As they directed the students from the Oaks Mall, down Newberry Road to Eighth Ave and back, Pinto and Liuzzo and their fellow organizers flitted up and down the procession, leading chants through a megaphone and taking pictures for social media.
Meanwhile, a few parents followed behind.
Rachel Kerensky came to the march to support her daughter, Katy, a junior at Buchholz who was one of the main organizers.
“After the shooting in South Florida, I was afraid for Katy to go to school, and I just think something has to be done,” she said.
Scott Shrewsbury, another parent who came to support the students at the march, said his two daughters told him they were worried about getting suspended for walking out.
“I told them both, ‘Hey, if you’re doing what you believe in and you get suspended, then you get a day off,’” he said.
After a walk out at Santa Fe High School on Feb. 21, rumors began to circulate that the participating students were suspended, which organizer Emma Geon said demoralized a lot of students.
Jackie Johnson, director of communications and community initiatives for Alachua County Public schools, said that no students were suspended for walking out. She said that students would not be subject to disciplinary action for participating in a walkout as long as they remain on campus, go to a safe area designated and supervised by school administration, and don’t cause disruptions on the way there or back.
But if students want to leave campus during the school week to participate in a walkout — which these protests often entail — they must get permission from their parents through normal check-out procedures, Johnson said said.
Pinto said getting checked out defeats the purpose of the protest, but that students still want to work with the school administration in order to be safe.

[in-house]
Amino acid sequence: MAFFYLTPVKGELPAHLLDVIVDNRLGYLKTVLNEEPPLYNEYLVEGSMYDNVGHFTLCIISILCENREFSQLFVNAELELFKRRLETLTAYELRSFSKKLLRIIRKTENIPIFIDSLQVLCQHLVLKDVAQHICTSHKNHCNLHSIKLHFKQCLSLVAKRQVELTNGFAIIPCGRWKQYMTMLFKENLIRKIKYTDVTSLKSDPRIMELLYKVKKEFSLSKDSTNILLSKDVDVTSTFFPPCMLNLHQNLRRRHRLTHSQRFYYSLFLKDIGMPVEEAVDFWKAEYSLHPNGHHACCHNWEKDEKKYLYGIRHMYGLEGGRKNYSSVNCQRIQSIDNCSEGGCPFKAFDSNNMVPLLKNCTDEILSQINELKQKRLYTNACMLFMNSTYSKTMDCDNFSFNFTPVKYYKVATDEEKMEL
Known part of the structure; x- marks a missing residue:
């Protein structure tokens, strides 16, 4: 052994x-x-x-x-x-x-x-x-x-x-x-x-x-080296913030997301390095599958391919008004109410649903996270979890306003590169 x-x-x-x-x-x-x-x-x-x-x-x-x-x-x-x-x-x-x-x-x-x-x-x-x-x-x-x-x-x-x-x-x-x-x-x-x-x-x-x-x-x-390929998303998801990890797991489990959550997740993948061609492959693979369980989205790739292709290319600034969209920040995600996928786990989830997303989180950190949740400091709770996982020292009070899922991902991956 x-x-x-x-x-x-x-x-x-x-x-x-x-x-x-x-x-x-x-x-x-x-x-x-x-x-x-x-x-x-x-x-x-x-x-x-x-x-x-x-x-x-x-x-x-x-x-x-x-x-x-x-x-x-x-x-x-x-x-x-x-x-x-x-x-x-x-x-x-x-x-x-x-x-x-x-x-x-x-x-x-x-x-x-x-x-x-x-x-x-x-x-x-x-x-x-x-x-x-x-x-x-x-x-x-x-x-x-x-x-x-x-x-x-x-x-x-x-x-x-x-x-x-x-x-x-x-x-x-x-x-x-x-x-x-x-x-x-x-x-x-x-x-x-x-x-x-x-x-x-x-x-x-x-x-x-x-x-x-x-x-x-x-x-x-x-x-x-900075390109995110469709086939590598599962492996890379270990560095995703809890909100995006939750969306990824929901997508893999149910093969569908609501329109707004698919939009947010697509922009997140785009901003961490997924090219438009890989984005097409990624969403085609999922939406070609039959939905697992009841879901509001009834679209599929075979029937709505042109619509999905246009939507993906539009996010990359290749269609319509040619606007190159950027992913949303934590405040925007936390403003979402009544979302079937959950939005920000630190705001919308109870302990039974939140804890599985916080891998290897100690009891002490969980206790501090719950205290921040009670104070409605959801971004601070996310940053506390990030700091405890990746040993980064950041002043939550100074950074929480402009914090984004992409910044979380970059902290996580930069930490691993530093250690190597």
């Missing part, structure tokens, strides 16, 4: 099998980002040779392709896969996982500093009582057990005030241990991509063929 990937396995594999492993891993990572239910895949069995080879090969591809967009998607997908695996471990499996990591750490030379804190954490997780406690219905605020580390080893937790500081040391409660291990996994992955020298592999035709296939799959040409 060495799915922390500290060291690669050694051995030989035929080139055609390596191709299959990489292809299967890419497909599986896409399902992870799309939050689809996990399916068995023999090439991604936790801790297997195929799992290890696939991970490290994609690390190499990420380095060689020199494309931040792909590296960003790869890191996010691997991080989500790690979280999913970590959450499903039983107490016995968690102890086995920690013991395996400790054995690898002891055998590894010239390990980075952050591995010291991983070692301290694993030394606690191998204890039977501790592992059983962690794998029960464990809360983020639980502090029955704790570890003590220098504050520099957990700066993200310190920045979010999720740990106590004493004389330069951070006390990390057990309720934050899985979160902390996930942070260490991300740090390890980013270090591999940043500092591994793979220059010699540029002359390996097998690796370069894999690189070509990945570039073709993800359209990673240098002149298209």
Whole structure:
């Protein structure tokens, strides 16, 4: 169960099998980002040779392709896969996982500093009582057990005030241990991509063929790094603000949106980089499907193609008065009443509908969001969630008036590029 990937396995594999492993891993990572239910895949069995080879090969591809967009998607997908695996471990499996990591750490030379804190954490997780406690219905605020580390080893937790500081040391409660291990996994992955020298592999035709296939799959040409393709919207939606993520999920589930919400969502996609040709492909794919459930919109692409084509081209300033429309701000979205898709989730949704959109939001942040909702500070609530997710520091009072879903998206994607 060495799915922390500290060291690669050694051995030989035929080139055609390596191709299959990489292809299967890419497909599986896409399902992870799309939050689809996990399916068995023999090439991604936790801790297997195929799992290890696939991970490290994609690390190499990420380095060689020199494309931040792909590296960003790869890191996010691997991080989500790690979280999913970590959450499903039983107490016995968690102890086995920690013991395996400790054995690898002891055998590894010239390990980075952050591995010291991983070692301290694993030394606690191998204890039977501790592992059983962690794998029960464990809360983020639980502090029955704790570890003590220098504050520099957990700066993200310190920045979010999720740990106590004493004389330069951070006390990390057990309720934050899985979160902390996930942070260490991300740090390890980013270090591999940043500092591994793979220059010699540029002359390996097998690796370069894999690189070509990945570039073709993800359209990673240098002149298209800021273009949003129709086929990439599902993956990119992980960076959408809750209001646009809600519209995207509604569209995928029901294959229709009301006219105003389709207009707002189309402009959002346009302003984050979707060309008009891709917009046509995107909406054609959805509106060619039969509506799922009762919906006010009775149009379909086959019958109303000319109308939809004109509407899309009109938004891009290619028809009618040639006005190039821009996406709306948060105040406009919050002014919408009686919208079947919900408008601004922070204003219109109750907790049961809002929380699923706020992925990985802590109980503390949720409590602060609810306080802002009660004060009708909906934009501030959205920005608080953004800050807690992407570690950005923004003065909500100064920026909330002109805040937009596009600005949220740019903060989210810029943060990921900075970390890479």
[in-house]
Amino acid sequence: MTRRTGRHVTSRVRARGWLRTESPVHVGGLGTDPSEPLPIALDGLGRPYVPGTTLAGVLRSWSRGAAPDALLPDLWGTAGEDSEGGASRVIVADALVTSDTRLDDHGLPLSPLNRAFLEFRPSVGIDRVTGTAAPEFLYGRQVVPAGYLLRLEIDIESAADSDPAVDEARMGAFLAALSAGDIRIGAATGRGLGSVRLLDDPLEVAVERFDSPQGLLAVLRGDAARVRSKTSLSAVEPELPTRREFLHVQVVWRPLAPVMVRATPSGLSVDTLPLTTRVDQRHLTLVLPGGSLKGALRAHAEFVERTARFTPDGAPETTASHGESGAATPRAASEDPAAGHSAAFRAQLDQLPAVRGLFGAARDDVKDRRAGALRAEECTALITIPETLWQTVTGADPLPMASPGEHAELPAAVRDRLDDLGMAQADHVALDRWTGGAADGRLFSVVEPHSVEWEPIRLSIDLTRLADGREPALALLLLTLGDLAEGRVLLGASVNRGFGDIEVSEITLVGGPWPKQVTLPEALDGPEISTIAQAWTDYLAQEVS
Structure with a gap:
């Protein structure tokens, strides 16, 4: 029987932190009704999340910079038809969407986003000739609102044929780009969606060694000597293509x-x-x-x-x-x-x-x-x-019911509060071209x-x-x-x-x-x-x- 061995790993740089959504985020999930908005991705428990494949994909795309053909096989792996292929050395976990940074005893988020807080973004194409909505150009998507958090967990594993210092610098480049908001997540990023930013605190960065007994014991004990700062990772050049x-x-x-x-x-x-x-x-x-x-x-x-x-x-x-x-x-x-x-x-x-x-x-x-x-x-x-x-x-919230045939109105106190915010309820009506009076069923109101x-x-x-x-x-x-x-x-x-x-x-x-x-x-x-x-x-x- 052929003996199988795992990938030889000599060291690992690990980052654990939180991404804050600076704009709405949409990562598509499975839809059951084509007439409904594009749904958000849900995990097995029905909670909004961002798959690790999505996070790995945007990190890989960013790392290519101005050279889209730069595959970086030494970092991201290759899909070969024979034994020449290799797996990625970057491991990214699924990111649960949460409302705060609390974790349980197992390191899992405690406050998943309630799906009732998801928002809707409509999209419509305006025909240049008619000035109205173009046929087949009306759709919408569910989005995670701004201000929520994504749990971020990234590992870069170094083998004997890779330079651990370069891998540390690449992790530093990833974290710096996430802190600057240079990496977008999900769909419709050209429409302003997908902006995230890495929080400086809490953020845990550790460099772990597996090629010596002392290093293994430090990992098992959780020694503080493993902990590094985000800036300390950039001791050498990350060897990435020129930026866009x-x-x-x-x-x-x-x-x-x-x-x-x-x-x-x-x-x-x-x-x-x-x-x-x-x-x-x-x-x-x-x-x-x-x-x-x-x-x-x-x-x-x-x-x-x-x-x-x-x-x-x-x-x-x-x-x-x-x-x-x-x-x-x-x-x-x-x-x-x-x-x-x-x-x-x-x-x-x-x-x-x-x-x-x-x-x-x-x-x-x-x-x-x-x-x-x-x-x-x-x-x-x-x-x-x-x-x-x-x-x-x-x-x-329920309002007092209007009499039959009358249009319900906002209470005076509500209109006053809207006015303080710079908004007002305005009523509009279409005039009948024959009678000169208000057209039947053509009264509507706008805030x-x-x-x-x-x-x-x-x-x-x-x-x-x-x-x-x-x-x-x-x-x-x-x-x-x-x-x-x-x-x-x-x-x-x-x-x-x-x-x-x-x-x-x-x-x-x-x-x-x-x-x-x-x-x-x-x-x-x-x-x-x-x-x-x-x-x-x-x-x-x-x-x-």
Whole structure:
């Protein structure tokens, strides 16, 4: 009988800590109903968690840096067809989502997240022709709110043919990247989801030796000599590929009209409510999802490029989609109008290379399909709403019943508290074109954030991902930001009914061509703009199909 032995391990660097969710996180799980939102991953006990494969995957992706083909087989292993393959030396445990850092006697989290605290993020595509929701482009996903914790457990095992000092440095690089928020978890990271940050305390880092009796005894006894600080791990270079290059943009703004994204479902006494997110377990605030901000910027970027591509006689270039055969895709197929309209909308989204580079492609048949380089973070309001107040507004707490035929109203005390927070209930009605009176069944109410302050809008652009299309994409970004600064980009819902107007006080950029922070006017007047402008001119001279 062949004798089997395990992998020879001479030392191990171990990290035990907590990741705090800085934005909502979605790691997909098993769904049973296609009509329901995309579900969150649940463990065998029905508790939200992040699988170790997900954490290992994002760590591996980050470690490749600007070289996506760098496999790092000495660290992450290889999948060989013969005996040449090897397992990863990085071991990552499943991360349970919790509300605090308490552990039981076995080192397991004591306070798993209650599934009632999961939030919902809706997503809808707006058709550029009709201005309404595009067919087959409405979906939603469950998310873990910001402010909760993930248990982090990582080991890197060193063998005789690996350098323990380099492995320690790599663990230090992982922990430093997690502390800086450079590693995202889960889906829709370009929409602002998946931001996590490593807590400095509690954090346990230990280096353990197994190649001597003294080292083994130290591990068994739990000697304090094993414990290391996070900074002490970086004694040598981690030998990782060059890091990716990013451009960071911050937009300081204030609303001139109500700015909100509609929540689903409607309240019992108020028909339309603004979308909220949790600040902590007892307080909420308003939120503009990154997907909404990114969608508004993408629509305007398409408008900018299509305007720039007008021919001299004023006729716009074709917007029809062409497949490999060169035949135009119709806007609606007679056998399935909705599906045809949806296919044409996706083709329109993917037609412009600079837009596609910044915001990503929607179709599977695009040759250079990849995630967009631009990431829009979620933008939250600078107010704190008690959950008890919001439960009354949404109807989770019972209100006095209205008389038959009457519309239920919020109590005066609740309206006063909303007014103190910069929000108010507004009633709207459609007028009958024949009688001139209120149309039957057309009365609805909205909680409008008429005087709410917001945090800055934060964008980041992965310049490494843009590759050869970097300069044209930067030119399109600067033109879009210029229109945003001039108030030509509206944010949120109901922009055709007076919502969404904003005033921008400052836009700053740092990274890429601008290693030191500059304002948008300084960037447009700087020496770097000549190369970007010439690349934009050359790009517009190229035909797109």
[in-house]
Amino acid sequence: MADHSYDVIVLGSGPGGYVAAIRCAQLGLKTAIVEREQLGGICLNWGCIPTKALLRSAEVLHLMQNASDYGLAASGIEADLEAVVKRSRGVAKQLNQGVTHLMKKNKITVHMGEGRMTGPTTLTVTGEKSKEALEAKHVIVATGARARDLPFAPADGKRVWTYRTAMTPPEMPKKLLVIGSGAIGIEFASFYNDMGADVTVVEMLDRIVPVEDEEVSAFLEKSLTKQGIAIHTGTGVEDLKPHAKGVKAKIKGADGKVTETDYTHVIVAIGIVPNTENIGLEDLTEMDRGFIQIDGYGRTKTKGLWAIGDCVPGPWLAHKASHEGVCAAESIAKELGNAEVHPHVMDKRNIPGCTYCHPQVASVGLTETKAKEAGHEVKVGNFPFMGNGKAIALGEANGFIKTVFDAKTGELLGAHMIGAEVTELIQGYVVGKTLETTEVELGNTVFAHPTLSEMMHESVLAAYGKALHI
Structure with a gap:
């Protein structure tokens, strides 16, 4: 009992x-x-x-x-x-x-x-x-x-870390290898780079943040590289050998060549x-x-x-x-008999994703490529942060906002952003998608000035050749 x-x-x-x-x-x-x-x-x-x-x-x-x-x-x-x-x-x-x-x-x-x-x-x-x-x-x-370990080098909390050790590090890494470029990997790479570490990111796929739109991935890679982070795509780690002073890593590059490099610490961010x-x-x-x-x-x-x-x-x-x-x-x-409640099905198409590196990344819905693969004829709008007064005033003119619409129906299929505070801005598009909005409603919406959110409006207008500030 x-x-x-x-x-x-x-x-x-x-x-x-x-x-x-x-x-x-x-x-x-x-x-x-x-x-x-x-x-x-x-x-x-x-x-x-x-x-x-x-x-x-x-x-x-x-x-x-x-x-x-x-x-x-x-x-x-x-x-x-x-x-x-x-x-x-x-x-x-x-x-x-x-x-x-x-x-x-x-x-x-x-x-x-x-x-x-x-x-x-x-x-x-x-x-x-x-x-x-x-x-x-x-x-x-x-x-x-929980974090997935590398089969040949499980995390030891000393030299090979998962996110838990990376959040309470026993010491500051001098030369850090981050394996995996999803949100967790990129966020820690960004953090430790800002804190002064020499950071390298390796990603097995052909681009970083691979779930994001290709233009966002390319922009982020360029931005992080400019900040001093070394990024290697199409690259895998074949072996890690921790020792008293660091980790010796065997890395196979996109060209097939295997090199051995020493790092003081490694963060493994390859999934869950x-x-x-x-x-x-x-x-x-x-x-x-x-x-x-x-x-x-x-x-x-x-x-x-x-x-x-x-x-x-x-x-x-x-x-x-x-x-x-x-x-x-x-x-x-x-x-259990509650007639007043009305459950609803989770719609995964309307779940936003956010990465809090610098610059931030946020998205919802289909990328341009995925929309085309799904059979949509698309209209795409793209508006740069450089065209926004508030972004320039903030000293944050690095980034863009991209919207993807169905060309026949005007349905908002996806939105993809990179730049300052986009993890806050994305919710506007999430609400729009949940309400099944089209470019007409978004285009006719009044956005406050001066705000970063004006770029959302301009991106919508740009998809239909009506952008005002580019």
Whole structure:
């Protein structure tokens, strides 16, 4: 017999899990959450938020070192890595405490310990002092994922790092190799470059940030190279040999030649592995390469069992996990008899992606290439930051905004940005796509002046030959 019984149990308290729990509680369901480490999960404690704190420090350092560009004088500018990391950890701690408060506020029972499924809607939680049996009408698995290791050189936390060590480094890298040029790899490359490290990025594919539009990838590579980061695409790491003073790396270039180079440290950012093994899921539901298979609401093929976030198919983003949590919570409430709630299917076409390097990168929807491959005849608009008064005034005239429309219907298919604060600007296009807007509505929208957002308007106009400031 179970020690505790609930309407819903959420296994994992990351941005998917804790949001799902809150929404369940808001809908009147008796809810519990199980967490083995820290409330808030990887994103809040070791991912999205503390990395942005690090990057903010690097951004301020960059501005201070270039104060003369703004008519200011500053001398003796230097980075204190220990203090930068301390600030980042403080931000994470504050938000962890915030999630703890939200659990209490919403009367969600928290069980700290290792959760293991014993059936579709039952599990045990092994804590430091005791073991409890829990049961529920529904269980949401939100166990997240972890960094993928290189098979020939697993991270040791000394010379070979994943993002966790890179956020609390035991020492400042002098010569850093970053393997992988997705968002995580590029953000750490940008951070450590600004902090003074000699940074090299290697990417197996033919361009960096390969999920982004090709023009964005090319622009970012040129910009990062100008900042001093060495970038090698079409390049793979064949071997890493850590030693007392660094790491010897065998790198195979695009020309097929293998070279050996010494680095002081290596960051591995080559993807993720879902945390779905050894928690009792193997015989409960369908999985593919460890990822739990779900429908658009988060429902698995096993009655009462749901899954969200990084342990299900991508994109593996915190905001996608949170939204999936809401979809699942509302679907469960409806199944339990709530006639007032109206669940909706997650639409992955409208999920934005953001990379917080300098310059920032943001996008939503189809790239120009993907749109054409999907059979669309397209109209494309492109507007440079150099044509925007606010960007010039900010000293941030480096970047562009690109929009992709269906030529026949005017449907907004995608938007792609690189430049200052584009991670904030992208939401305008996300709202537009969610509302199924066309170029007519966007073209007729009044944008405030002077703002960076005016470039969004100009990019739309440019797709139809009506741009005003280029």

“It’s really just, people are going to avoid the check out process just because we want more of a shock effect,” he said.
In the weeks since the march was planned, Gov. Rick Scott signed a bill into law that would allow certain teachers who complete a training course to carry concealed weapons in the classroom. Organizers and their fellow students have realized they’re up against much more than school authority.
“Gun should not be added to schools even more,” Daniels said. “What happens if a teacher doesn’t think and brings out a gun?”
Throughout the march, the students received numerous encouraging honks from passing cars, but perhaps the most encouraging was when a white, fluffy dog began from a car window to bark in tandem with chants of “M-S-D!”
As the march neared its end, students who had just came from sitting the SAT were waiting at the Oaks Mall. With their own signs, they joined the marching students who turned with their signs to stand facing Newberry Road (some of which read: “Am I next?” Several wrote out the names of the 17 victims from Parkland).
“Columbine happened even before I was born,” Liuzzo said. “Now is the time where all of us are realizing like, we thought this was unfathomable. It keeps happening, but now we’re old enough to actually educate ourselves and get involved.”
The fact that the Parkland shooting happened so close to home made Pinto realize that it could happen at his school, he said.
“We’re not gonna be quiet because we don’t want this to die away,” he said. •